Travel has made me more aware of international news and events. Every place I go is now a reference point for articles I stumble across in the New York Times. Yes, I will read about Spain’s new Prime Minister because I spent a few months their five years ago. It doesn’t make any real sense, but just a little bit of context can make a place seem alive, familiar, and force you into an emotional investment, however small. Any stories about the Colombian drug trade, I always read. (Not because I’m worried about drug prices, but because I spent some time in Colombia. Also have you seen the submarines the drug lords build? Crazy.)
But the other reason I now read more international news and journalism than before I traveled is that I want to try and identify the next great travel destination. And a lot of that has to do with watching the international economy, which admittedly is increasingly interconnected, and figuring out which countries are getting cheaper and which are getting more expensive. Naturally, I am interested in the fate of the Euro. When I was in London I was reading about the debates constantly, and when Cameron pulled out of the talks, I actually really wanted to know why.
That being said, it’s always interesting for a traveler when a great travel destination undergoes a serious financial crisis. (Note that I said interesting, I’m not wishing a financial crisis on anyone. I graduated college in 2008. I know how much fun finding it is trying to find jobs when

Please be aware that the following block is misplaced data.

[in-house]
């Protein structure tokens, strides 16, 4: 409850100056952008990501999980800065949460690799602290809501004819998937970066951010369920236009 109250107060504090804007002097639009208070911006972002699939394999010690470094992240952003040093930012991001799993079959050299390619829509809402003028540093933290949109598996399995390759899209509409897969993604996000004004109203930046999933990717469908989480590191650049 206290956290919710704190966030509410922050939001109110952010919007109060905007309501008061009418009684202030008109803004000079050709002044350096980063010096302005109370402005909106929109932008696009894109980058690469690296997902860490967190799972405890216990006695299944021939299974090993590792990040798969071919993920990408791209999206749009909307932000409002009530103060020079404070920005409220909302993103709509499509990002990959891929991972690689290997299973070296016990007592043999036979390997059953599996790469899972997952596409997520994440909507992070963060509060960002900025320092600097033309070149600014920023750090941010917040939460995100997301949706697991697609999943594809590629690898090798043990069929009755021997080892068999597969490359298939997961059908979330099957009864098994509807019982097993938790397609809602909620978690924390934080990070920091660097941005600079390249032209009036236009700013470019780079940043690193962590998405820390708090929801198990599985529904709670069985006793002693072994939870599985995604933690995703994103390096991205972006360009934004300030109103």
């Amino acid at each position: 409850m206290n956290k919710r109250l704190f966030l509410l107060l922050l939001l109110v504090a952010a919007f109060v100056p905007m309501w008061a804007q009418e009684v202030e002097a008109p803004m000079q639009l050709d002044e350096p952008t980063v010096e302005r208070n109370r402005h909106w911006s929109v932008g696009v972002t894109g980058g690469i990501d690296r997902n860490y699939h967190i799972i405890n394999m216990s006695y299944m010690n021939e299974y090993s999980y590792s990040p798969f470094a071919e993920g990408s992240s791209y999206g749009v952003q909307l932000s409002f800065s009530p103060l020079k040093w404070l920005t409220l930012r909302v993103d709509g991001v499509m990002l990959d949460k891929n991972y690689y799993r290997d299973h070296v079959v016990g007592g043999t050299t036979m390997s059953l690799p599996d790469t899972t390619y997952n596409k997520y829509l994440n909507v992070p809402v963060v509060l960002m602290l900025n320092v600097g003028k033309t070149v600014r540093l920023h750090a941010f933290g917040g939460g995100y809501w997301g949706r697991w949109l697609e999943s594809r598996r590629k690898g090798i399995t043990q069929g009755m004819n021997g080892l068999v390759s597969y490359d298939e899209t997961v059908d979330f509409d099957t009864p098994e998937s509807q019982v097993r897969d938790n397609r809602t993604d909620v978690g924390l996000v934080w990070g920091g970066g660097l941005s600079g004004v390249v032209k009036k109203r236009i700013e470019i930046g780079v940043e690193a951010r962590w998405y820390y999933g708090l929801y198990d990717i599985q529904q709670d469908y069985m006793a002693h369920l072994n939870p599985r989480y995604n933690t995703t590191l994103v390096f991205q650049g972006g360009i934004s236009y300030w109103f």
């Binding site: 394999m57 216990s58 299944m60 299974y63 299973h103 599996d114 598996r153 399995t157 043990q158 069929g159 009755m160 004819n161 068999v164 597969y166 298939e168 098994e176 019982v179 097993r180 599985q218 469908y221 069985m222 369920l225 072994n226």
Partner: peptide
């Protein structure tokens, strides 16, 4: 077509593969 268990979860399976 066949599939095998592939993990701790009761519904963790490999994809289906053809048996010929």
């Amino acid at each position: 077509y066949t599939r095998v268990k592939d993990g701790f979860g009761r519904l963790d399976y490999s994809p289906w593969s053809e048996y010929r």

the economy collapses.)
Greece is a great travel destination. Besides the incredible amount of history there, and the fact that it arguably the birthplace of all Western Civilizations, the Greek islands are one of the most beautiful places in the world. So what does it mean for travel that the Greek economy is falling apart, and that the rest of the EU is debating whether to save it or not, and the fact that it’s possible that Greece might get off the Euro?
Well first of all, let’s analyze the exact nature of the crisis….no, that’s way too hard. I don’t understand it at all. Greece can’t pay their bills is basically the jist of it. I think.
But what does this mean for the traveler? Well, since Greece is still on the Euro, it doesn’t mean it’s going to suddenly get a whole lot cheaper. The Euro has been down in relation to other currencies because of the more general Euro crisis, which Greece is definitely a part of, but it’s not the sole culprit. One would think that travel destinations, like hotels and resorts, would lower prices due to an economic downturn. But they haven’t because tourism is actually up, probably do to the old adage that “there’s no such thing as bad publicity.” Still prices have been down the last few years. If Greece does get off the Euro then things could drastically change. That might have more to do with transportation than anything else, and the well documented tendency of European public sector employees to strike due to everything from major cuts to perceived slights.
But here’s a reason to spend a week in Greece that has nothing to do with the Greek economy: it’s awesome there. You can cruise around the same seas that Odysseus did and get just as lost. And trust me, the descendants of Helen of Troy are still kicking around. Plus, isn’t travel about adventure? We should always travel in interesting times. Especially when it’s at world class resorts. Prices might not be falling through the floor, but it’s still relatively cheap and beautiful. Plus, help the people out and spend your money there.